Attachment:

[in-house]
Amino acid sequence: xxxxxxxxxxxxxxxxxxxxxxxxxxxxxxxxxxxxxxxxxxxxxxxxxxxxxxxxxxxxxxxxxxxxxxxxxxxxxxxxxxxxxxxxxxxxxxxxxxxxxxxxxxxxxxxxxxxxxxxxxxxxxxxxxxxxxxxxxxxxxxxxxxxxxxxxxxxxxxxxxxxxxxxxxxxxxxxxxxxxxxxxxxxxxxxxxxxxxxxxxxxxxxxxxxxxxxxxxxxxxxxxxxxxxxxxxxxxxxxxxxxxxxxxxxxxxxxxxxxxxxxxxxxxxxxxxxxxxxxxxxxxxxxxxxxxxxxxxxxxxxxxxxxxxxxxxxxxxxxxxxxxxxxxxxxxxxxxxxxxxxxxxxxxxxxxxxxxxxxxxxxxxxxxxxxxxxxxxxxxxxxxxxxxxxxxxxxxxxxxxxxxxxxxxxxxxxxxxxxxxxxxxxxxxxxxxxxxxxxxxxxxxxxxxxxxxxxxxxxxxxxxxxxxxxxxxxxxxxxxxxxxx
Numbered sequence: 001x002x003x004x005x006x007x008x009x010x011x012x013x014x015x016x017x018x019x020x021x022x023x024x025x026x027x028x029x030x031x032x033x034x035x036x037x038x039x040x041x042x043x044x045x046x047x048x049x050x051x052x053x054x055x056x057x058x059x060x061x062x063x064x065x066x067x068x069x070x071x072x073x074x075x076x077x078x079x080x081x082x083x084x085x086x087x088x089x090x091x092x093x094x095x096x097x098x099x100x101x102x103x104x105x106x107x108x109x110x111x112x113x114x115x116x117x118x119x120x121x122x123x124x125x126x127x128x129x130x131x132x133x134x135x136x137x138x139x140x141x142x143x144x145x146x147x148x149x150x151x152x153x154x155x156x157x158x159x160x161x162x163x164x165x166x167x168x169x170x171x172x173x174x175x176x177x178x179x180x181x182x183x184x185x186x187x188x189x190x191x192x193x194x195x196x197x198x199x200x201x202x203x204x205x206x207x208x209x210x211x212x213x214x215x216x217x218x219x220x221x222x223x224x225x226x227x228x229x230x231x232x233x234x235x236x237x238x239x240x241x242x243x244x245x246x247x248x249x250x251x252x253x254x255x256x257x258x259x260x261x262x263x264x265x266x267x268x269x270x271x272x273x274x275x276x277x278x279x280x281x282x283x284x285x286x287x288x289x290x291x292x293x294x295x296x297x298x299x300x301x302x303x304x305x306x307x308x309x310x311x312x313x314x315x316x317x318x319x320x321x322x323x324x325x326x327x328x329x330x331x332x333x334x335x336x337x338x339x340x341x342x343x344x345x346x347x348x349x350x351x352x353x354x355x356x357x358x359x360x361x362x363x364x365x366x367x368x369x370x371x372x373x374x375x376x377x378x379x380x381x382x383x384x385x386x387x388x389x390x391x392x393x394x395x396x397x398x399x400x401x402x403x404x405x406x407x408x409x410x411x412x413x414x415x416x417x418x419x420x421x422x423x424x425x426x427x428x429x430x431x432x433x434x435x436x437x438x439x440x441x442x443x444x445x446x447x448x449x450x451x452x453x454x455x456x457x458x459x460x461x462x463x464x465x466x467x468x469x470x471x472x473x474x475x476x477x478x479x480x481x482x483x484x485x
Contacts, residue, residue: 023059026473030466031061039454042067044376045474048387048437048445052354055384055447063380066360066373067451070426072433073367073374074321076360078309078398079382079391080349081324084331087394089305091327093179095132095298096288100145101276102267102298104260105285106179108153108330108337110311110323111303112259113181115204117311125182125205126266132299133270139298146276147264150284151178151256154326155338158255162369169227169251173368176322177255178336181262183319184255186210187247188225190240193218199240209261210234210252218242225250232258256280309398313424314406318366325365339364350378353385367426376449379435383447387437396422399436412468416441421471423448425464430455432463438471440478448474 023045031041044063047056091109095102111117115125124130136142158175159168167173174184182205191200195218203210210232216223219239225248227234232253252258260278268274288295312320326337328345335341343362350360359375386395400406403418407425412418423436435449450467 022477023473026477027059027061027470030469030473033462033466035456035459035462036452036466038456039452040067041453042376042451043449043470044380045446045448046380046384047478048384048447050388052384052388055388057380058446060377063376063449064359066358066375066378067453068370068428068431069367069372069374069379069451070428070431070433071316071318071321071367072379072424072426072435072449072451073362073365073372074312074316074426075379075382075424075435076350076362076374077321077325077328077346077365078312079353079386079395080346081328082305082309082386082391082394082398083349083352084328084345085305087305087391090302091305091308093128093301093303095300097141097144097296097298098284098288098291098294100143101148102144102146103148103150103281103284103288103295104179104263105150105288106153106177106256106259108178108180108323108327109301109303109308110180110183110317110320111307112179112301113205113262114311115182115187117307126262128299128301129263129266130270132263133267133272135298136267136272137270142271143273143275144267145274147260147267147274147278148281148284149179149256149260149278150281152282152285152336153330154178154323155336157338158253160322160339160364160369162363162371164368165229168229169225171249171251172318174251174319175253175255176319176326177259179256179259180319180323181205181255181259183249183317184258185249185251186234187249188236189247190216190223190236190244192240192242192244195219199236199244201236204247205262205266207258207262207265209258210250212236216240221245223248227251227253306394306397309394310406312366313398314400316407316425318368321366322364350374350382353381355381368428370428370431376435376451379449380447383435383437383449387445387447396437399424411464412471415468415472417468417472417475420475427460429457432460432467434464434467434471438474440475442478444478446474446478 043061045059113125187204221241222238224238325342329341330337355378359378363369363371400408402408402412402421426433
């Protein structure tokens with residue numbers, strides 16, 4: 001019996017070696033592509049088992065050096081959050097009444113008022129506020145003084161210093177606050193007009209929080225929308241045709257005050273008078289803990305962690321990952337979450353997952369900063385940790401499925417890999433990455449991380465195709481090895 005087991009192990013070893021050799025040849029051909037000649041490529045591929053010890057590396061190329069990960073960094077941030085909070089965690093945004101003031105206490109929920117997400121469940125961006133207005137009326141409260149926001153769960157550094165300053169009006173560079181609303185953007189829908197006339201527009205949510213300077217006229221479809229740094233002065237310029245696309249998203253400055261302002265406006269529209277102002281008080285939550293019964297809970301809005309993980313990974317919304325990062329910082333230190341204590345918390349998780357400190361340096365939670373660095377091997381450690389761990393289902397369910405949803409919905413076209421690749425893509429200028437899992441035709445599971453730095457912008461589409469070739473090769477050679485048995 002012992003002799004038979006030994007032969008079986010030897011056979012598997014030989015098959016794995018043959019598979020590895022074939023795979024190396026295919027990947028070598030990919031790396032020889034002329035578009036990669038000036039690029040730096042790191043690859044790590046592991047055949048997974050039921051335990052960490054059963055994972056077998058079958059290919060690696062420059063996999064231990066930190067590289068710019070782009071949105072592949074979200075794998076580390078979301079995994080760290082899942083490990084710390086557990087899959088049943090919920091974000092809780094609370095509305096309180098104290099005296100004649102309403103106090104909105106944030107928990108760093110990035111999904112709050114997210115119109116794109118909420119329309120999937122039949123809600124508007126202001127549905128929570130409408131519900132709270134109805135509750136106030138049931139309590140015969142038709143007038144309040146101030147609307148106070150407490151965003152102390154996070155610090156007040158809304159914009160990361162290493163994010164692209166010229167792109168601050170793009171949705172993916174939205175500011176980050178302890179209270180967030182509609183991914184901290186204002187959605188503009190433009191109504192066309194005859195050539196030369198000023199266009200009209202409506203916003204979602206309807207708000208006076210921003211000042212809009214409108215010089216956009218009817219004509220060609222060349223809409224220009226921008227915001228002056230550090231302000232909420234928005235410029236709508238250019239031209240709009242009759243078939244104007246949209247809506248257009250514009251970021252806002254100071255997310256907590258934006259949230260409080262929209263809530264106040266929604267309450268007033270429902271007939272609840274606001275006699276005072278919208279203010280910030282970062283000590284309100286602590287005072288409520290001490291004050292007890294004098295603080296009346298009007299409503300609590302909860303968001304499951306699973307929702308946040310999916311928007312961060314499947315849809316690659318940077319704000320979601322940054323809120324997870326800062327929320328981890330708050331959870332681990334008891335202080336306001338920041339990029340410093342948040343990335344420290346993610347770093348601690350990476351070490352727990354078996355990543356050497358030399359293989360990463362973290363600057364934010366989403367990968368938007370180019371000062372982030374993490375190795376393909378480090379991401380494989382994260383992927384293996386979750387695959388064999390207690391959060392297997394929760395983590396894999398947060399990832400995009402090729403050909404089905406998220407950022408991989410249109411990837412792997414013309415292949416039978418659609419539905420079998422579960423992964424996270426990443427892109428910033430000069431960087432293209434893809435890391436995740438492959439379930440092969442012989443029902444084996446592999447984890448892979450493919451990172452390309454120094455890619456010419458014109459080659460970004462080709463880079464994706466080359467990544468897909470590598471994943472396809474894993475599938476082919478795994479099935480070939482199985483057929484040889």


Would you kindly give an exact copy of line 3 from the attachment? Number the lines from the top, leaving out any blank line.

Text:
Numbered sequence: 001x002x003x004x005x006x007x008x009x010x011x012x013x014x015x016x017x018x019x020x021x022x023x024x025x026x027x028x029x030x031x032x033x034x035x036x037x038x039x040x041x042x043x044x045x046x047x048x049x050x051x052x053x054x055x056x057x058x059x060x061x062x063x064x065x066x067x068x069x070x071x072x073x074x075x076x077x078x079x080x081x082x083x084x085x086x087x088x089x090x091x092x093x094x095x096x097x098x099x100x101x102x103x104x105x106x107x108x109x110x111x112x113x114x115x116x117x118x119x120x121x122x123x124x125x126x127x128x129x130x131x132x133x134x135x136x137x138x139x140x141x142x143x144x145x146x147x148x149x150x151x152x153x154x155x156x157x158x159x160x161x162x163x164x165x166x167x168x169x170x171x172x173x174x175x176x177x178x179x180x181x182x183x184x185x186x187x188x189x190x191x192x193x194x195x196x197x198x199x200x201x202x203x204x205x206x207x208x209x210x211x212x213x214x215x216x217x218x219x220x221x222x223x224x225x226x227x228x229x230x231x232x233x234x235x236x237x238x239x240x241x242x243x244x245x246x247x248x249x250x251x252x253x254x255x256x257x258x259x260x261x262x263x264x265x266x267x268x269x270x271x272x273x274x275x276x277x278x279x280x281x282x283x284x285x286x287x288x289x290x291x292x293x294x295x296x297x298x299x300x301x302x303x304x305x306x307x308x309x310x311x312x313x314x315x316x317x318x319x320x321x322x323x324x325x326x327x328x329x330x331x332x333x334x335x336x337x338x339x340x341x342x343x344x345x346x347x348x349x350x351x352x353x354x355x356x357x358x359x360x361x362x363x364x365x366x367x368x369x370x371x372x373x374x375x376x377x378x379x380x381x382x383x384x385x386x387x388x389x390x391x392x393x394x395x396x397x398x399x400x401x402x403x404x405x406x407x408x409x410x411x412x413x414x415x416x417x418x419x420x421x422x423x424x425x426x427x428x429x430x431x432x433x434x435x436x437x438x439x440x441x442x443x444x445x446x447x448x449x450x451x452x453x454x455x456x457x458x459x460x461x462x463x464x465x466x467x468x469x470x471x472x473x474x475x476x477x478x479x480x481x482x483x484x485x